Purpose: The purpose of this in vitro study was to assess the mechanical integrity of zirconium-lithium silicate glass-ceramic crowns cement- and screw-retained to a titanium implant-abutment after fatigue.

Material And Methods: Forty titanium implants were placed in polyacetal to mimic bone support. Abutments were tightened to the implants to 20 Ncm by using a digital handheld torque meter. The implant abutment assemblies received a pressed maxillary premolar crown, either lithium disilicate (LD) or zirconium-lithium silicate glass-ceramic (LZS). The specimens (n=10) were subjected to fatigue at 200 N and 5 Hz for 500 000 cycles in a Ringer electrolytic solution (37°C). After fatigue, the crowns were removed to evaluate removal torque values on the implant-abutment connection. The remaining crown-implant-abutment assemblies were cross-sectioned at 90 degrees to the implant-abutment joint for inspection of cracks and the micro-gaps by scanning electron microscopy.

Results: Removal torque values before fatigue were recorded at 18 ±1.63 Ncm for the LD group and 18.2 ±0.81 Ncm for the LZS group. After fatigue, the removal torque values decreased significantly (12.8 ±1.6 Ncm for LD, 14.9 ±1.08 Ncm for LZS; P<.05). Micro-gaps at the implant-abutment connections were measured at 0.9 ±0.3 μm before fatigue and at 4.2 ±0.9 μm after fatigue. Cracks were detected at the crown adhesive or at the adhesive-abutment interface for both systems after fatigue.

Conclusions: Cement- and screw-retained implant zirconium-lithium silicate glass-ceramic crowns revealed effective fatigue resistance on mean cyclic loading in an electrolyte solution. However, mechanical instability of the crown-adhesive-abutment interfaces and implant-abutment joints was detected after fatigue.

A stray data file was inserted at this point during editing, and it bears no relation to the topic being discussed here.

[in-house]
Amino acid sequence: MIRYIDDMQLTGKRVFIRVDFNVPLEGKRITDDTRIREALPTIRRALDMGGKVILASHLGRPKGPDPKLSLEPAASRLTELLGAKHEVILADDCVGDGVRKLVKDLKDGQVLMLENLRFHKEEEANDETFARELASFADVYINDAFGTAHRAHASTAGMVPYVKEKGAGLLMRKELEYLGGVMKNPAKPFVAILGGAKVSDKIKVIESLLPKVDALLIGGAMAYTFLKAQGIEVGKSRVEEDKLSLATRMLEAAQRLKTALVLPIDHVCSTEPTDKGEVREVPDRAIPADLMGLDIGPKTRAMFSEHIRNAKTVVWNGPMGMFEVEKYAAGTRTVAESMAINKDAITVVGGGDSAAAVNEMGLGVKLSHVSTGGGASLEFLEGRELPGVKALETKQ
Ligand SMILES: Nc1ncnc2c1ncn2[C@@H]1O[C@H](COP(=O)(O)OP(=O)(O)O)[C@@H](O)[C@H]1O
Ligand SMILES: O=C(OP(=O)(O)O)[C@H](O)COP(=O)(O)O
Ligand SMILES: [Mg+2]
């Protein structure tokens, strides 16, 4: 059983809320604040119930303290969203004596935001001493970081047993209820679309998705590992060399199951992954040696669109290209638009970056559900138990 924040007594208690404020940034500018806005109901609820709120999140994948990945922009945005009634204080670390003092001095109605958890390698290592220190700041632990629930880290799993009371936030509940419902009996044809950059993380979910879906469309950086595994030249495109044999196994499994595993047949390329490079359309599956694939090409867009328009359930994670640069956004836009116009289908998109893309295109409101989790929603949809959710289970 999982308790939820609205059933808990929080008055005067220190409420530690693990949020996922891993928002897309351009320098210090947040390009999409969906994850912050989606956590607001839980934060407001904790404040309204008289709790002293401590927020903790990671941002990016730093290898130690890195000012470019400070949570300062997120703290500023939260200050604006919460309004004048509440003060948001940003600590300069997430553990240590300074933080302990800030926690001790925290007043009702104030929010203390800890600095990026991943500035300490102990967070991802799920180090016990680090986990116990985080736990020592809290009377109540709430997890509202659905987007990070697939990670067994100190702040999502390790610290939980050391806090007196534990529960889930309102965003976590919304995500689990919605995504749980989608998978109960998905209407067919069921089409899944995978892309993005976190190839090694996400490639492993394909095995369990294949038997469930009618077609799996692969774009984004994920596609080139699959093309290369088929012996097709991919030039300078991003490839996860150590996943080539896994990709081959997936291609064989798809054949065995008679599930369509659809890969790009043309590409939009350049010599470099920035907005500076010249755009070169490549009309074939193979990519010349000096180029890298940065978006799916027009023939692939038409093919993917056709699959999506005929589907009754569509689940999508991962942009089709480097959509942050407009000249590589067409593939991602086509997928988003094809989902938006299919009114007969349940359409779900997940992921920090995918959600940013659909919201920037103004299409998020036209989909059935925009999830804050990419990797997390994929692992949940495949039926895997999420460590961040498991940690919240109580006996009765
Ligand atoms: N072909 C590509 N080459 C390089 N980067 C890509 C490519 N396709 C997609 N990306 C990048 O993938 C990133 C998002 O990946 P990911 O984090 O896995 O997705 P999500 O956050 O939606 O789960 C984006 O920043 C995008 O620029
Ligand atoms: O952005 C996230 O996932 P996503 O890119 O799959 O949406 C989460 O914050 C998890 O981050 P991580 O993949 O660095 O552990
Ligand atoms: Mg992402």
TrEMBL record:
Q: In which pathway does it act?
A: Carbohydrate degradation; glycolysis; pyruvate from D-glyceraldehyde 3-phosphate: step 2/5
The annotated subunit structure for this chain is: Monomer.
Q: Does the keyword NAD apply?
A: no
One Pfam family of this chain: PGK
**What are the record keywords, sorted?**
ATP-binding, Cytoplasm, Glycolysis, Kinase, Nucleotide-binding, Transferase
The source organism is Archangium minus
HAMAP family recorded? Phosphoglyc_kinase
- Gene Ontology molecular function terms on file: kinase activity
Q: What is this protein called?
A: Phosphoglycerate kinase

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http://dx.doi.org/10.1016/j.prosdent.2018.01.028DOI Listing
November 2018

Mesoporous bioactive glass embedding propolis and cranberry antibiofilm compounds.

J Biomed Mater Res A 2018 06 3;106(6):1614-1625. Epub 2018 Mar 3.

Institute of Biomaterials, Department of Materials Science and Engineering, University of Erlangen-Nuremberg, 91058, Erlangen, Germany.

The aim of this study was to evaluate the chemical reactivity of 58S mesoporous bioactive glass (MBG) particles in as-synthesized condition and after embedding propolis and cranberry antibiofilm compounds at different concentrations. MBG 58S was synthesized by alkali sol-gel method with the addition of the triblock pluronic copolymer P123 as surfactant. Samples were characterized by physicochemical properties measurement, N adsorption/desorption analysis, and field emission gun scanning electron microscopy (FEGSEM) observations. MBG powders were immersed into 5 and 10 µg/mL propolis or cranberry solutions for 24 h. The chemical reactivity of the specimens was evaluated by FEGSEM, EDX, FTIR, Ca/P ratio, XRD, and sample weight gain analysis after being immersed in simulated body fluid (SBF) for 8, 24, and 72 h. MBG particles exhibited the expected chemical composition with a particle size distribution ranging from 1.44 to 955 µm, and a mean particle size of 154 µm. MBG particles exhibited a pore volume of 0.8 cc/g, pore radius of ∼2 nm, and surface area of 350.2 m /g, according to BJH and BET analyses. A hydroxyl-carbonate apatite (HCAp) layer was formed on all samples after SBF immersion for 72 h. Pure MBG showed the highest chemical reactivity after 72 h, with the resulting apatite layer exhibiting a Ca/P ratio of ∼1.6 in accordance to stoichiometric biological apatite. MBG embedding propolis and cranberry can be considered for future microbiological analysis since the presence of propolis or cranberry did not interfere with MBG's ability to develop a HCAp layer, which is an essential feature for bone regeneration applications. © 2018 Wiley Periodicals, Inc. J Biomed Mater Res Part A: 106A: 1614-1625, 2018.
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http://dx.doi.org/10.1002/jbm.a.36352DOI Listing
June 2018

Abutment misfit in implant-supported prostheses manufactured by casting technique: An integrative review.

Eur J Dent 2017 Oct-Dec;11(4):553-558

Center for Research on Dental Implants (CEPID), Post-graduate Program in Dentistry, School of Dentistry (ODT), Universidade Federal de Santa Catarina (UFSC), Florianópolis/SC, 88040-900, Brazil.